You couldn’t have scripted it any more poetically.
On Friday evening, as deadline day reached its frenzied zenith, Southampton finally secured the services of Ross Stewart as the Scot’s two and a half year stay at Sunderland ended amid no small amount of dismay at what we’d lost and what the Saints had gained.
However, by 2:45pm on Saturday, as thousands of supporters flooded out of the Stadium of Light and into a sunlit Wearside afternoon after witnessing one of the most thrilling and enjoyable home performances for a long time, it felt as though we’d had the last laugh.
Yes, Stewart ultimately got his move and we pocketed a solid enough fee in return, but on Saturday, the three points felt more valuable than anything else. A draw would've been a satisfactory outcome, but a victory like this? Beyond anything we could’ve imagined.
Sunderland 5, Southampton 0.
The team touted by many as being capable of ‘doing a Burnley’ and walking away with the Championship title were left in pieces after Tony Mowbray’s team turned the wick up to maximum and showed that possession-based football, for all its aesthetic beauty, means the square root of nothing if you don’t capitalise on it.
In what can only be described as a nigh on perfect home display we combined attacking flair with midfield steel and defensive resilience to devastating effect, and the final scoreline - for all of Russell Martin’s protests after the game - didn’t flatter us one iota.
Jack Clarke played as if he was fuelled by rocket propellent, Abdoullah Ba was unplayable at times, Pierre Ekwah strode through the game like a colossus and at the back, the central defensive combination of Luke O’Nien and Dan Ballard was as impenetrable as a submarine’s hull.
Let’s have it straight: if you believed the rumours and whispers on social media on Thursday evening, half of our squad was up for sale, the other half were supposedly hacked off at the wage structure within which we’re operating, and the club was apparently going downhill.
Some seemed to relish it as a chance to prove that the new way of working had somehow failed and that Kristjaan Speakman and Kyril Louis-Dreyfus were little more than a couple of smoke-and-mirrors bluffers, who were attempting to turn our great club into a glorified finishing school.
Fortunately, social media doesn’t reflect the views of the wider fanbase and as we watched Chris Rigg celebrating his goal, and our fifth against the Saints, all of the hysteria suddenly felt a world away as everyone rose to salute our new homegrown hero.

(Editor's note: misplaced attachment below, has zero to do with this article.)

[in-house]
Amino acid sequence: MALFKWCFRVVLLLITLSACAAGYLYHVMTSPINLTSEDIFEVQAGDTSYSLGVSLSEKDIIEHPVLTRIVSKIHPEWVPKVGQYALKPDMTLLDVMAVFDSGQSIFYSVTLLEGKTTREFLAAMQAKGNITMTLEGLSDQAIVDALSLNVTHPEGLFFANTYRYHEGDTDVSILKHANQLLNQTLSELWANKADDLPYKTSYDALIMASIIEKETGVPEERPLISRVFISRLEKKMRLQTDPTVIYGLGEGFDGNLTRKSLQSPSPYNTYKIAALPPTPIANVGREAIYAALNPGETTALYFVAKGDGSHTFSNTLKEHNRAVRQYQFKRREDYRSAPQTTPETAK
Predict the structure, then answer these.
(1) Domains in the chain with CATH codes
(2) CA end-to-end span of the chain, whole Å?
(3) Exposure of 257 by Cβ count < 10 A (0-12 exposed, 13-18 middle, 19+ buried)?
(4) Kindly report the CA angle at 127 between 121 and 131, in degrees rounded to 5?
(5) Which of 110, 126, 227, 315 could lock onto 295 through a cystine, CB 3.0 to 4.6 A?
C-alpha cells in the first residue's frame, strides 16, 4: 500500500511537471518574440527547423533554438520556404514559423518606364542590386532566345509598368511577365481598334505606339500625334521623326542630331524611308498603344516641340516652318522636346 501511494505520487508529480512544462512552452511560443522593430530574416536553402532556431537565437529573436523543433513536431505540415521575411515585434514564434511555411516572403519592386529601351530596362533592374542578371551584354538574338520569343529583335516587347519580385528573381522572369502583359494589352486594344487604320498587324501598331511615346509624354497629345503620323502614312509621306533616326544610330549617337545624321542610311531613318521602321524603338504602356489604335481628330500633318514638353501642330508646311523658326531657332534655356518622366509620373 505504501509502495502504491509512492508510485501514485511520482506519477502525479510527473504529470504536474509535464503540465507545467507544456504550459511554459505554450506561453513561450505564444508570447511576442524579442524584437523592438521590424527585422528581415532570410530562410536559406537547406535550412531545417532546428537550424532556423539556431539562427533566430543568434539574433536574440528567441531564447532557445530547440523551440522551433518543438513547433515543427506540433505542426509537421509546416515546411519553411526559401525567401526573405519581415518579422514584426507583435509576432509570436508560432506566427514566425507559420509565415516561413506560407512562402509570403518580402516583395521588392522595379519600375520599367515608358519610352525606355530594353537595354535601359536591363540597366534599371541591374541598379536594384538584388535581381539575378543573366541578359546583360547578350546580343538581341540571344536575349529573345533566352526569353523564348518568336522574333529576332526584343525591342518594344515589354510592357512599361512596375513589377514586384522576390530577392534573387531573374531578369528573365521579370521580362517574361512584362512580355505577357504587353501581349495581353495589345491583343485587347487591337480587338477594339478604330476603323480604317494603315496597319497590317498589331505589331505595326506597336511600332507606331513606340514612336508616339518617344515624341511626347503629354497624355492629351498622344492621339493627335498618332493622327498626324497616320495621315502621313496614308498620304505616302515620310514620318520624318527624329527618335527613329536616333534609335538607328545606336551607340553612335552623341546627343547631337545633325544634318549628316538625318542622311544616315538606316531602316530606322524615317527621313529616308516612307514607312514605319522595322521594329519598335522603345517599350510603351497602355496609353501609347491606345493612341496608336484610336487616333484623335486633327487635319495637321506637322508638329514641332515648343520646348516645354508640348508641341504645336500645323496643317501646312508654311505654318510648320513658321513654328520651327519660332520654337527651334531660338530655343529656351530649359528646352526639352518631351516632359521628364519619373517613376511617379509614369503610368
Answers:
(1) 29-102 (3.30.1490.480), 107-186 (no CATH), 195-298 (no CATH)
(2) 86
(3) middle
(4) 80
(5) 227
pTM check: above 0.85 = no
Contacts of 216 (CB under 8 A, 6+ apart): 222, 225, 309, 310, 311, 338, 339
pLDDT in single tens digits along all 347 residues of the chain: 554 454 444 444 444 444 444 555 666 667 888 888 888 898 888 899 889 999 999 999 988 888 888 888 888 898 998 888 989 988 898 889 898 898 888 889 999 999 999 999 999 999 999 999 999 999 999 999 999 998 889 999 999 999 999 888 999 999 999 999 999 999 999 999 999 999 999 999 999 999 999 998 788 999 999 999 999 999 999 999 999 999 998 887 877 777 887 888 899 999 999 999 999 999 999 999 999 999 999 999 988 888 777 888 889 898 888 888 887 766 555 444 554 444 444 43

From Clarke’s dazzling display to Jewison Bennette’s impudent pirouettes and Rigg’s heart-on-sleeve celebrations, this was the Sunderland vision of 2023 at its most emotionally powerful: young players given their chance and backed by their coaches and supporters to make the most of it.
Regardless of what the clickbait merchants might claim, it’s perfectly obvious that are no mercenaries or disruptive influences within this squad.
Instead, we’re witnessing a bunch of talented and hungry players desperate to represent this club to the best of their ability.
Watching young footballers develop in front of our very eyes can often be arduous and frustrating, but when they fulfill their talent, it’ll be immensely rewarding, too.
Yes, we’ve lost three influential players during this window, but we’ve also retained the likes of Alex Pritchard, Clarke and Patrick Roberts, and so the departures, as divisive as they may be, can certainly be dealt with.
Lynden Gooch’s move to Stoke was the conclusion to a seventeen year Wearside career, Danny Batth’s move to Norwich has robbed us of an experienced player, and Stewart’s move to St Mary’s was the conclusion to a drawn-out saga, but as their former teammates showed on Saturday we’re capable of absorbing such blows and moving forward regardless.
Adil Aouchiche, Timothée Pembélé and Mason Burstow, got their first taste of the Stadium of Light on Saturday, and with Ukrainian forward Nazariy Rusin still to arrive, we’re now blessed with a degree of depth that’s been needed for so long.
It’s rare that you can say that an international break has come at the right time, but the hiatus in league action will allow the new arrivals to settle in and get attuned to our style of play, as well as giving some of the other lads a break and a chance to refresh.
You can only imagine what the trio of new signings must’ve felt after watching this display, but after an indifferent start, two wins and a gritty 0-0 draw in our last three league games have given us a foundation on which to build, and the post-international break trip to QPR is one we’ll be able to target as an excellent opportunity to secure a victory.
It was a mixed summer transfer window and it’ll take some time before we can assess whether it can be classed as a success, but Saturday was all about the on-field action and the players delivered in spades.
It’s been another hectic and sometimes surreal week of following our club, but when it all comes together, as it did on Saturday, there really is no feeling that can replace it.
Oh, Sunderland? We love you.